Janet Malcolm, a Withering Critic, in a Nostalgic Key | Modern Society of USA

Janet Malcolm, a Withering Critic, in a Nostalgic Key

Janet Malcolm, a Withering Critic, in a Nostalgic Key

She is drawn to decency, cleanliness, sanity, simplicity — these words recur in her work like talismans, when she writes about Edith Wharton or the biographer Quentin Bell. Goodness, but of a narrow kind, matters intensely to her. Malcolm is impatient with weakness and a lack of self-control — with people who “leak.” The goodness that attracts her is born of strength, reserve and resources. It is tangled up with tastefulness, too. The critic Gary Indiana wrote that her reporting is “studded with such novelistic details, which twinkle class assurance from reporter to reader: never mind what X thinks, he or she lives alone in an apartment so messy you and I would never dream of living there.”

The new book follows two more cohesive collections, “The Purloined Clinic” (1992) and “Forty-One False Starts” (2013). Malcolm writes here about the fashion designer Eileen Fisher, the concert pianist Yuja Wang, Tolstoy in translation, a favorite bookstore. What unites these pieces is a mood — heavy, autumnal, nostalgic.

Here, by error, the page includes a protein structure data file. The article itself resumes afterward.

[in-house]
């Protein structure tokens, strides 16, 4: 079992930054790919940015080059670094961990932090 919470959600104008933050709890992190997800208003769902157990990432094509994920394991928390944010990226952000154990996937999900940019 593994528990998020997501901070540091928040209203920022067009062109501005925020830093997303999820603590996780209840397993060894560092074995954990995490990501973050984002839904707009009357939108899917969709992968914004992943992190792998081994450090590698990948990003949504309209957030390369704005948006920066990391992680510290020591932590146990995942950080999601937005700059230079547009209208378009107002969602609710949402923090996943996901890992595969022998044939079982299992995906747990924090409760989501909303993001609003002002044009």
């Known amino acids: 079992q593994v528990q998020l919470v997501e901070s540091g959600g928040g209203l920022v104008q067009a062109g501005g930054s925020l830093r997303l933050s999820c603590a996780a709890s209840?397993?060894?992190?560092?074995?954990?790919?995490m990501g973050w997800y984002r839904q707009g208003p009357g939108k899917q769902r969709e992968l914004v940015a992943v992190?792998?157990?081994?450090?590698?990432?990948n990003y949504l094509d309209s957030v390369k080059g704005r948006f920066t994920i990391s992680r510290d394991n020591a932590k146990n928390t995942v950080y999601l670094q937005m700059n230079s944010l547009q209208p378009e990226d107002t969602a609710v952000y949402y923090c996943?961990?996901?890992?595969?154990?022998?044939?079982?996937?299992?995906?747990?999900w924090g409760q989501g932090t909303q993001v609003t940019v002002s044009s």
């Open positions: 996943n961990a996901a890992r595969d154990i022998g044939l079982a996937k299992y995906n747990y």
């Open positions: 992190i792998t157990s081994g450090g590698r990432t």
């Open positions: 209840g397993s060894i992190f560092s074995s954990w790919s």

There is a note of valediction. “Godspeed, wonderful bookshop, on your journey into the uncertain future,” Malcolm writes to Argosy, a family-owned holdout in gentrified Manhattan. She writes a eulogy for her friend Joseph Mitchell, the matchless chronicler of New York, and memorializes a long-running radio program she loved in her youth. Several pieces are bouquets to the artists she loves. Memoir has always bored Malcolm, but around the edges of these pieces a furtive autobiography takes shape — we see glimpses of her childhood; the world of her parents, Czech refugees; and how their tastes shaped her own.

Janet MalcolmCreditNina Subin

There is stirring, beautifully structured writing here, particularly in the title essay, a profile of Fisher, which combines many of the writer’s signal interests — our unconscious aggression and the way we methodically and unknowingly recreate the world of our childhood in our adult lives.

Several pieces, however, particularly the short reviews, make for intimate but curiously unsatisfying reading. Revering Malcolm, as I do, I was at first confused. What has gone wrong? Even if her subjects bore you, she is never dull. As she wrote of Irving Penn, his portraits are Penns before they are photographs of his subjects. We read a piece by Malcolm for Malcolm — for the complicity she creates with the reader, the novelistic eye for gestures, the density of detail.

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